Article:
Learning Rails 3 – It’s not easy, but this good how-to guide definitely can help – #bookreview

Learning Rails 3
Simon St.Laurent, Edd Dumbill, and Eric J. Gruber

Ruby on Rails frequently is hailed as an “outstanding” or “powerful” or “amazing” tool for creating web applications.

But beginners often dive into it, quickly go off the rails, and give up in frustration.

“Building a Ruby on Rails application requires mastering a complicated set of skills,” the authors of Learning Rails 3 concede. Indeed, you may encounter several “problems and confusions” just getting everything installed, configured and running the right way.

Fortunately, Learning Rails 3 shows how to make the installation, configuration, and initial testing go fairly smoothly. I didn’t know (or understand) Rails and had only a smattering of Ruby experience. But I was able to accomplish an easy installation on a Windows XP machine, using railsinstaller.org. Then I was able to follow the instructions in Learning Rails 3 and get it all running.

Caution: Read and follow the book’s steps very carefully, in the correct order. Pay close attention to the text and code examples. At several different points, I glanced past a step or skipped an important character as I typed. And, no surprise, I ran into puzzling error messages or code failures until I backtracked and figured out what I had skipped. Also, a lot of stuff happens or appears to happen when you create a new Rails application or do some other tasks. Long lists of status notifications, warnings, and miscellaneous cryptic messages will stream by. But don’t panic.

“The only mandatory technical prerequisite for reading this book is direct familiarity with HTML and a general sense of how programming works,” the authors emphasize. “You’ll be inserting Ruby code into that HTML as a first step toward writing Ruby code directly, so understanding HTML is a key foundation.”

Once you get past the initial shock of installing Ruby on Rails, working at the command line, and modifying some bits of code deep within a few subdirectories, you will start discovering the power and possibilities of Rails.

If you’ve never worked with Ruby, the authors offer, in Appendix A, “An Incredibly Brief Introduction to Ruby.” (Appendix B is “An Incredibly Brief Introduction to Relational Databases,” and Appendix C provides “An Incredibly Brief Guide to Regular Expressions.”) You won’t need to be a Ruby expert; just have some basic knowledge of how to work it.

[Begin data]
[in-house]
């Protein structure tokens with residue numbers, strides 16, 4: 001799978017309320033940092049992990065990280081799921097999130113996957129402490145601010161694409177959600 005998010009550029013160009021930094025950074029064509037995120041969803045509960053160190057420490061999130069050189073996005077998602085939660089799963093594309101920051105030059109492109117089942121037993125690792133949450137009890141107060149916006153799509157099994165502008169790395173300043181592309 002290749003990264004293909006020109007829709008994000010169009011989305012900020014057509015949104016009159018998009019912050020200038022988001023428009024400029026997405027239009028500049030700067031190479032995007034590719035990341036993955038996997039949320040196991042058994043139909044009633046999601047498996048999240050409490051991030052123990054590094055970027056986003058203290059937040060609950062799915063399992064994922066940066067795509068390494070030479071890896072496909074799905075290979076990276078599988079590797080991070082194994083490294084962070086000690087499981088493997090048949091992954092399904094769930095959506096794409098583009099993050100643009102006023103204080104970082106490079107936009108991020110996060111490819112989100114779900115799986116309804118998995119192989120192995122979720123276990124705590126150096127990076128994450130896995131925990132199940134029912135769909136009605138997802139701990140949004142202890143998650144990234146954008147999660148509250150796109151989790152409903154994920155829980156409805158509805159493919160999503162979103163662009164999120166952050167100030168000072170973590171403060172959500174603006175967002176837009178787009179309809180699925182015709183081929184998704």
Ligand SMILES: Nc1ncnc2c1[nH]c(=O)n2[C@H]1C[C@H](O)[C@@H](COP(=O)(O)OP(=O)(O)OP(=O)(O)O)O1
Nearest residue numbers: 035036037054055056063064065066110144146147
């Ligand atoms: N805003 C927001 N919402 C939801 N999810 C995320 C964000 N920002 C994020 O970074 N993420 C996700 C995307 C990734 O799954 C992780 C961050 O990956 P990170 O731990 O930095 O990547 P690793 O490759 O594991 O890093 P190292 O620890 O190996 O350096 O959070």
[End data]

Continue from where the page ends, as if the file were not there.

The remainder of the 387-page book is organized into 20 chapters:

  1. Starting Up Ruby on Rails
  2. Rails on the Web
  3. Adding Web Style
  4. Managing Data Flow: Controllers and Models
  5. Accelerating Development with Scaffolding and REST
  6. Presenting Models with Forms
  7. Strengthening Models with Validation
  8. Improving Forms
  9. Developing Model Relationships
  10. Managing Databases with Migrations
  11. Debugging
  12. Testing
  13. Sessions and Cookies
  14. Users and Authentication
  15. Routing
  16. From CSS to SASS
  17. Managing Assets and Bundles
  18. Sending Code to the Browser: JavaScript and CoffeeScript
  19. Mail in Rails
  20. Pushing Further into Rails

The book mercifully does not dump you head-first into the middle of Model-View-Controller (MVC) architecture. You begin by gently nibbling at its edges and using a few things you likely already know. Once you feel comfortable and can find your way around some of the subdirectories, then the real fun begins. The authors offer a rich array of how-to discussions, code examples, screen shots and “Test Your Knowledge” quizzes (with the answers conveniently available).

Learning Rails 3 is an excellent guide for Ruby on Rails newcomers. And those already working with Rails can learn from it, too.

Si Dunn


  • Si Dunn is a novelist, screenwriter, photojournalist, and book reviewer. His published books include: DARK SIGNALS, a Vietnam War memoir; ERWIN'S LAW, a private-detective novel; and JUMP, a novella about a combat veteran suffering from PTSD and alienation while trying to work for newspapers as a journalist. Several of his feature screenplays recently were under option to movie producers. He spent nearly 15 years working as a technical writer and software tester in the telecommunications industry. His current programming interests include Go, JavaScript, Python, R, Angular, and other languages and frameworks. He is a U.S. Navy veteran and a graduate of the University of North Texas.

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